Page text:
The New Era begins. And whatever happens, it’s a good idea to be healthy. Not because you’re going to lose your health care — nobody can predict what happens with that — or may have to make a run for the border, but because change means stress and stress is the petri dish of disease.
Shall we start with turmeric? It’s been used in Asia for thousands of years, both as the main spice in curry and as a medicine. In our country, it’s used in curries and to color mustard. In the last few years, it’s come on as a Thing. Now, in some circles, it’s considered an all-in-one miracle. The question is: How many of the claims for turmeric are valid, how many are hype?
These are the claims for curcumin, the principal chemical in turmeric: It’s an anti-inflammatory, good for pain relief. It’s an antioxidant. It fights and may prevent cancer. It lessens depression and anxiety. For pre-diabetes patients, it holds diabetes 2 at bay. It controls rheumatism. It prevents heart attacks among bypass patients. It’s an anticoagulant. [If you have low blood pressure, consult your doctor before you start taking turmeric.] And you can take it in high doses with no side effects.
I’ll get to the yes-it’s-great, no-it’s-not debate. First, my personal experience. Last summer, physical and emotional events conspired to wreck my back. In the morning, I couldn’t stand up straight. Walking more than a block was a career effort. And the pain could be acute. I tried acupuncture and Reiki. I was treated by a chiropractor. All helped. But it wasn’t until I started taking turmeric that the healing became dramatic. I am now so close to being myself again that I feel guilty about not going to the gym.
I take two 1000 mg capsules a day. But not any 1000 mg capsules. The liver quickly flushes curcumin — the chemical that makes turmeric worth taking — and you get no benefit. You must buy capsules that contain a bit of black pepper. Repeat: no pepper in your turmeric caspsules and you are simply burning money and wasting hope. As long as you’re at it, go for organic. [To buy 180 capsules of the best-selling 1000 mg Turmeric for $23 from Amazon, click here.]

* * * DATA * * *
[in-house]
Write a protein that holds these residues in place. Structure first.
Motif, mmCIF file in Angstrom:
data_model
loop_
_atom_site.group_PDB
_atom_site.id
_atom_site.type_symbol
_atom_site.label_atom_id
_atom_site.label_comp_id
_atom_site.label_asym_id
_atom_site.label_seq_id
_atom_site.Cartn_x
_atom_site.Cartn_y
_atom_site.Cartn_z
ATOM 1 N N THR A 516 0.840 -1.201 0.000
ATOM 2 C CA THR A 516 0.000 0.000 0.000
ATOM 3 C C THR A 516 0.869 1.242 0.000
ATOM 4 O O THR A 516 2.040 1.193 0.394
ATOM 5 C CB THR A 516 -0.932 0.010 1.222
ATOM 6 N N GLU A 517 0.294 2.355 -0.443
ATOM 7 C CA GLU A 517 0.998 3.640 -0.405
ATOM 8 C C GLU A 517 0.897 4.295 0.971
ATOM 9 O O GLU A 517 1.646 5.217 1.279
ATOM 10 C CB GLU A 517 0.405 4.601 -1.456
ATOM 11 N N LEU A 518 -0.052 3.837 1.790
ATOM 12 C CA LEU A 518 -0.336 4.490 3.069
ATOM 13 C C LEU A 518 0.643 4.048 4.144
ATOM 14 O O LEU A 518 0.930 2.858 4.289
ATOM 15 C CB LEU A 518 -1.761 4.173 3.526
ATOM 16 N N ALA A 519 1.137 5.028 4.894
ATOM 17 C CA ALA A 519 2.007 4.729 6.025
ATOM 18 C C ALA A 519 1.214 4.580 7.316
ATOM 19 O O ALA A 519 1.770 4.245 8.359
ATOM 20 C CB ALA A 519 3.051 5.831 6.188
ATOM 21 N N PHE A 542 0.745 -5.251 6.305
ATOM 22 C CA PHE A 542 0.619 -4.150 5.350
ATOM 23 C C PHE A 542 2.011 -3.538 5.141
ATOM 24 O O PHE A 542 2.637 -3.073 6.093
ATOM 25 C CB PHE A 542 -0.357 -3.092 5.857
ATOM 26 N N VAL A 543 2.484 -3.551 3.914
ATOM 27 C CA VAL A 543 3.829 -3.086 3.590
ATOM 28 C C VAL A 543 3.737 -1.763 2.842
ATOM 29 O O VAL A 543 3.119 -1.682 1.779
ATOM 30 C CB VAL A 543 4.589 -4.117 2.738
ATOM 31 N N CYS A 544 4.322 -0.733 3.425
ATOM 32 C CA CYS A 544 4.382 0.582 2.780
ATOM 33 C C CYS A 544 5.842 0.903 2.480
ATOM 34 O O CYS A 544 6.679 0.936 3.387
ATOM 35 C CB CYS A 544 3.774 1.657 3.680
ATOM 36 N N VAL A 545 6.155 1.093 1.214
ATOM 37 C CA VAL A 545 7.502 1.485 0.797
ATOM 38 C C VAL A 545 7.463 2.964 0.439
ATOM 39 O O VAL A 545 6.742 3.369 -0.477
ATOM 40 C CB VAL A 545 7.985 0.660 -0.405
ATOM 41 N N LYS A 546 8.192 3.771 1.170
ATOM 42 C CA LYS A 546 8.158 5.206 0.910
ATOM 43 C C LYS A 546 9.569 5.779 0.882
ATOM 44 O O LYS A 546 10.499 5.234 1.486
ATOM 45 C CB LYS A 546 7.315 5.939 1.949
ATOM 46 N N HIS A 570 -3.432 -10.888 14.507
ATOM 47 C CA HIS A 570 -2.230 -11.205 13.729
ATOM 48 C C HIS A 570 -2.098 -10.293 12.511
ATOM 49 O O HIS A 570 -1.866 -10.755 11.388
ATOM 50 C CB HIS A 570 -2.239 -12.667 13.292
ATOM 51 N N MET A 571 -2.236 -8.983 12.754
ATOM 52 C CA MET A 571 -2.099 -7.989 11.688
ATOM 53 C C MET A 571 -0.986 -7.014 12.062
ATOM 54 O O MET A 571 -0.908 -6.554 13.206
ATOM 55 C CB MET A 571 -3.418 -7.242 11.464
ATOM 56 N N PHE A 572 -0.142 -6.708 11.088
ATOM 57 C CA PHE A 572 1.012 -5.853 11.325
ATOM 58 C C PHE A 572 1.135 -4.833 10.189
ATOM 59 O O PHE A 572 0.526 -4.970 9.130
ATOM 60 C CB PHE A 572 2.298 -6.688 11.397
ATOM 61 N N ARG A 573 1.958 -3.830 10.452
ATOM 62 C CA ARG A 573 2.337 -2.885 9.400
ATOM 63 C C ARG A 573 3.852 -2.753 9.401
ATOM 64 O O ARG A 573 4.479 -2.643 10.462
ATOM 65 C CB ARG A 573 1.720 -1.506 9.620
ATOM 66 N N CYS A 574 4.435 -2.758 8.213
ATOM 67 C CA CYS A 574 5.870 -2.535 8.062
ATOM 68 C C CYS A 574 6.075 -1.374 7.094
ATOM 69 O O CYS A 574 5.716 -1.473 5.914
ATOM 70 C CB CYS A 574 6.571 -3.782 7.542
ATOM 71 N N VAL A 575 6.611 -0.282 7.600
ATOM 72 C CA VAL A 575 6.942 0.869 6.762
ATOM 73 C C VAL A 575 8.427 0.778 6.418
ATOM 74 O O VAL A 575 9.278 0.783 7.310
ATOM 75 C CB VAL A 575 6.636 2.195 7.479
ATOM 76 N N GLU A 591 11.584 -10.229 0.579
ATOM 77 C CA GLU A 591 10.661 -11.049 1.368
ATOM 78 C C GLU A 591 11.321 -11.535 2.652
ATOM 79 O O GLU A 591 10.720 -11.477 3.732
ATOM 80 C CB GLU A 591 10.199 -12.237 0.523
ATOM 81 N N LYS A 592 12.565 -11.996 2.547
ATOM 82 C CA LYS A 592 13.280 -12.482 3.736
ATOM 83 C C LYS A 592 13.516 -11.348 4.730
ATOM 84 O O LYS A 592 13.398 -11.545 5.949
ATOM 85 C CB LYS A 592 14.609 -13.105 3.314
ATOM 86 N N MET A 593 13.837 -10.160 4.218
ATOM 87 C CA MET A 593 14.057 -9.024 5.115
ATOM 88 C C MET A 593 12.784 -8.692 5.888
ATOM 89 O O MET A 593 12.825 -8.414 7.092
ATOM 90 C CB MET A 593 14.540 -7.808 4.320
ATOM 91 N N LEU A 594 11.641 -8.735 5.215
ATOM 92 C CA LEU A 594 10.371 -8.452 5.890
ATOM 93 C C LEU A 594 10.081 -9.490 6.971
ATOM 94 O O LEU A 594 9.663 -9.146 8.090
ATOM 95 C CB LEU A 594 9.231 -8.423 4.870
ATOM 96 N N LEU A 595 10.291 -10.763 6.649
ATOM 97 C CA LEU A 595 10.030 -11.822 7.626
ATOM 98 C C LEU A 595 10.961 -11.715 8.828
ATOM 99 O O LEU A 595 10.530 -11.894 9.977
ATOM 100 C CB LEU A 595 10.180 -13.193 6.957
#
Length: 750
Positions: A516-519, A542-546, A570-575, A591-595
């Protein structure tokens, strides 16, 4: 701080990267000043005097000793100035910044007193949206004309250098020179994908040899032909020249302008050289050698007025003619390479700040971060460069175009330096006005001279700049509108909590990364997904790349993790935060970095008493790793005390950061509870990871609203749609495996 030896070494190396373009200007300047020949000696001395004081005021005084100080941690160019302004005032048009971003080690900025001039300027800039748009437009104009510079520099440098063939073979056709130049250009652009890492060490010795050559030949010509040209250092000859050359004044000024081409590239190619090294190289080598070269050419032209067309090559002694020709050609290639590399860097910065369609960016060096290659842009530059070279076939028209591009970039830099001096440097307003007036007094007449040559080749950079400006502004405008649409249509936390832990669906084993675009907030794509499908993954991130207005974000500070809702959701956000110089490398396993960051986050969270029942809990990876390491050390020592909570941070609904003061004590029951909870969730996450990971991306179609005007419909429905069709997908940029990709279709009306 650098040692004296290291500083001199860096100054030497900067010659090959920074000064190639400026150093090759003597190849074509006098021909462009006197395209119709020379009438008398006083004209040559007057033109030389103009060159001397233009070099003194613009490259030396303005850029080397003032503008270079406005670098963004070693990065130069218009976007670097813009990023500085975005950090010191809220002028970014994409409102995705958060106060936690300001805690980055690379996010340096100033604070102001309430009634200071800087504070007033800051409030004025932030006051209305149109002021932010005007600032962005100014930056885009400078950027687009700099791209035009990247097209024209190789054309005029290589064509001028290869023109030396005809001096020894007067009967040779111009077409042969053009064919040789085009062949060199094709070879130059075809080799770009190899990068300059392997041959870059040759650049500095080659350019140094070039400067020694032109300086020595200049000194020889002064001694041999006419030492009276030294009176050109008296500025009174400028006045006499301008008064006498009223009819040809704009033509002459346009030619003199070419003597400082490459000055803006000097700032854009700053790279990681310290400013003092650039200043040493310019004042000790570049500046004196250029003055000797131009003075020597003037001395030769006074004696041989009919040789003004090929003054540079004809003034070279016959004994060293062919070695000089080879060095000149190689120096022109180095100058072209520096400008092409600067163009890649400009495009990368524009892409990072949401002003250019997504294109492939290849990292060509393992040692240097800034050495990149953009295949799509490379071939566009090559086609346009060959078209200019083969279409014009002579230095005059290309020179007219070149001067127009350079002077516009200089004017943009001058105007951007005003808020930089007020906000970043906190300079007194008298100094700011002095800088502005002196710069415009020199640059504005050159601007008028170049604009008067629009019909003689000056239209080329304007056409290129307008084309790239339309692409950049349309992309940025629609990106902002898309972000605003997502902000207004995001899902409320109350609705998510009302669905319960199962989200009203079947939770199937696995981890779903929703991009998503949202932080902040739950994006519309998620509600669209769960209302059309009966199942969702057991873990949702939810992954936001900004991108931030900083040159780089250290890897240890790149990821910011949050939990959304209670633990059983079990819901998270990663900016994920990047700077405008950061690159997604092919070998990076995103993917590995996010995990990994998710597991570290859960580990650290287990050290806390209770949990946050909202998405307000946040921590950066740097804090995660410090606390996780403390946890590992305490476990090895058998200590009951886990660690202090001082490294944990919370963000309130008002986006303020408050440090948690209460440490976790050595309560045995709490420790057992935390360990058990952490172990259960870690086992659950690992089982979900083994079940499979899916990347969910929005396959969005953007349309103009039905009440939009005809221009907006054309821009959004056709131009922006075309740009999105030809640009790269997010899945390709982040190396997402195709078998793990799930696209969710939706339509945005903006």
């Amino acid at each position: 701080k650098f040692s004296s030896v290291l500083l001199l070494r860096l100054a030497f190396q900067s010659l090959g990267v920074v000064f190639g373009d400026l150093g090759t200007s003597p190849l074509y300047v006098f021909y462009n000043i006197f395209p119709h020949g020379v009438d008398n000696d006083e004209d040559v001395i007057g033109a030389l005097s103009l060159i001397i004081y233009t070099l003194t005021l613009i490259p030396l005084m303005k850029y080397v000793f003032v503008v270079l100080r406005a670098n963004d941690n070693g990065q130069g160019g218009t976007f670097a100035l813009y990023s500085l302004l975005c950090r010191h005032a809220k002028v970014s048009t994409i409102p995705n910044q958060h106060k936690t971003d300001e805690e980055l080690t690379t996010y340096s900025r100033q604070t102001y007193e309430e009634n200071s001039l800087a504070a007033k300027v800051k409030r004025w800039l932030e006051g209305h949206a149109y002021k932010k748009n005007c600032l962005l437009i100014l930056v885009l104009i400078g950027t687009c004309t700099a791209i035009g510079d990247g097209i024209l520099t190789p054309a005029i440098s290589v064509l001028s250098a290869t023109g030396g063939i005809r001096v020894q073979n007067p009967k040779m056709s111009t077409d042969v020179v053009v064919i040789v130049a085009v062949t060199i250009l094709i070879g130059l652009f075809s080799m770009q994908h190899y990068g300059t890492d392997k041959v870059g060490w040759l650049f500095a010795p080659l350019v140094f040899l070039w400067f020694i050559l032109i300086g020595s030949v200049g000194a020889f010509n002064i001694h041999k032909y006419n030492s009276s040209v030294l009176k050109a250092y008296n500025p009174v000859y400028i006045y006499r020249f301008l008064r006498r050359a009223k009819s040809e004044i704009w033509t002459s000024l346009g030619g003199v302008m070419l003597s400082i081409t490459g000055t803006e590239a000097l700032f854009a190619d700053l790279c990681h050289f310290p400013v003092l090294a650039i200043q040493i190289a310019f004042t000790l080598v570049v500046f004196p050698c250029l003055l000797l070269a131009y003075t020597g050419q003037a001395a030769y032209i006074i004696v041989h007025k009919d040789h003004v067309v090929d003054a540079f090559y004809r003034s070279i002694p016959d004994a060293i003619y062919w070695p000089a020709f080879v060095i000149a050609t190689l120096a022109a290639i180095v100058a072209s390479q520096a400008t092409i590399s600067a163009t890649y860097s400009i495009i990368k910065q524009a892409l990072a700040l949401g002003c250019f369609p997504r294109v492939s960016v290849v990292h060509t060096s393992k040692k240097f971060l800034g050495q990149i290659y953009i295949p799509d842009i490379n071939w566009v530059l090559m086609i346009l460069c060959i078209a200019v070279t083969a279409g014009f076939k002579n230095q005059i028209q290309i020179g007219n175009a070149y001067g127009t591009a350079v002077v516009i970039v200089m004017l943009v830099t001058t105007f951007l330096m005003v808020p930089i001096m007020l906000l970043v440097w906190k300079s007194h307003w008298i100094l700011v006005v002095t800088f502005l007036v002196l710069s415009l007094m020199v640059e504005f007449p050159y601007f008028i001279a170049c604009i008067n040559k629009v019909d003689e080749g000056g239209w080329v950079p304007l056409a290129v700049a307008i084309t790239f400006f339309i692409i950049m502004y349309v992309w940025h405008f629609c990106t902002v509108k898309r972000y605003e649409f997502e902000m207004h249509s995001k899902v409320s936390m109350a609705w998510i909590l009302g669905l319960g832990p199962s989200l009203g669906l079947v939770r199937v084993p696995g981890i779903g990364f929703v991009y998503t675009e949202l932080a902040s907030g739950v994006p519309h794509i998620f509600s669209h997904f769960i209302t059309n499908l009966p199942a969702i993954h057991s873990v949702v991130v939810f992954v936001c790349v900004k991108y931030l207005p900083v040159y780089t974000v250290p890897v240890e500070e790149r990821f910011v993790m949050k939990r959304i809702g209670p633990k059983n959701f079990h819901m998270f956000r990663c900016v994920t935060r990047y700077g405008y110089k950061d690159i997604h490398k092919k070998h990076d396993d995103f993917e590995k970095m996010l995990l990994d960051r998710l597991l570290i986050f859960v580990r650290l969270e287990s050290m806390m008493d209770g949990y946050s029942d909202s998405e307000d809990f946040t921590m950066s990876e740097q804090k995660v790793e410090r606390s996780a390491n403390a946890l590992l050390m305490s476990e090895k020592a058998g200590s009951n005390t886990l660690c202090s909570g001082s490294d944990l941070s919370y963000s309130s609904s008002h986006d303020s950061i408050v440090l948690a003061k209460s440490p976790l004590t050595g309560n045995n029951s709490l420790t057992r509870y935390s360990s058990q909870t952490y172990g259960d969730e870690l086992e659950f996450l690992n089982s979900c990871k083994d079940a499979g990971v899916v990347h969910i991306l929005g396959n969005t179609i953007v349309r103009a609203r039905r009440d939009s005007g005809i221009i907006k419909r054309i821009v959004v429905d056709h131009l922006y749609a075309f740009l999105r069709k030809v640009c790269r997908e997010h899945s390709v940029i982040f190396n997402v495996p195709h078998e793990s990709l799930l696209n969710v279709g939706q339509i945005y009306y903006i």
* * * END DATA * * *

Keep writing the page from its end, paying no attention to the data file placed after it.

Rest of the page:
The dose is less exact, but the traditional way to ingest turmeric is in a tea. On a trip to Okinawa — which has the world’s longest average life span, 81.2 years — Dr. Andrew Weil learned that Okinawans drink turmeric tea all day, either brewed or in cans. Here’s how he makes it. [To buy 3 oz of Organic Turmeric Tea Powder with ginger and black pepper for $20 from Amazon, click here.]
Now to the science.
The New York Times is yes-and-no. “Turmeric is neither a miracle drug nor a supernatural phenomenon.”
Forbes sneers. “Curcumin is… a talented pharmaceutical con artist… Chemists looking for potential drugs usually start with screening tests that can show how a molecule interacts with proteins implicated in various diseases, indicating the ways it might be useful. Despite its apparent worthlessness as a medicine, curcumin actually does really well in these screens.”
Andrew Weil — a medical revolutionary, but a sober one — is a total fan: “However you do it adding turmeric to your diet is one of the best moves toward optimal health you can make… People in India, who eat turmeric in their daily curries, have among the world’s lowest rates of Alzheimer’s disease. That does not appear to be a coincidence. In fact, extracts of turmeric have been found to contain a number of natural agents that block the formation of beta-amyloid, the substance responsible for the plaques that slowly obstruct cerebral function in Alzheimer’s disease.”
Here’s a formal study.
Here’s a report on pre-diabetes. “The study included 240 Thai adults with prediabetes who were randomly assigned to take either curcumin capsules or a placebo. The ones taking curcumin took six supplement capsules a day, each of which contained 250 milligrams of ‘curcuminoids.’ After nine months, 19 of the 116 placebo patients had developed type 2 diabetes. That compared with none of the 119 patients taking curcumin.
Here’s a laundry list of benefits.
And a video.
And now… you decide.
This article originally appeared on The Head Butler
Photo credit: Getty Images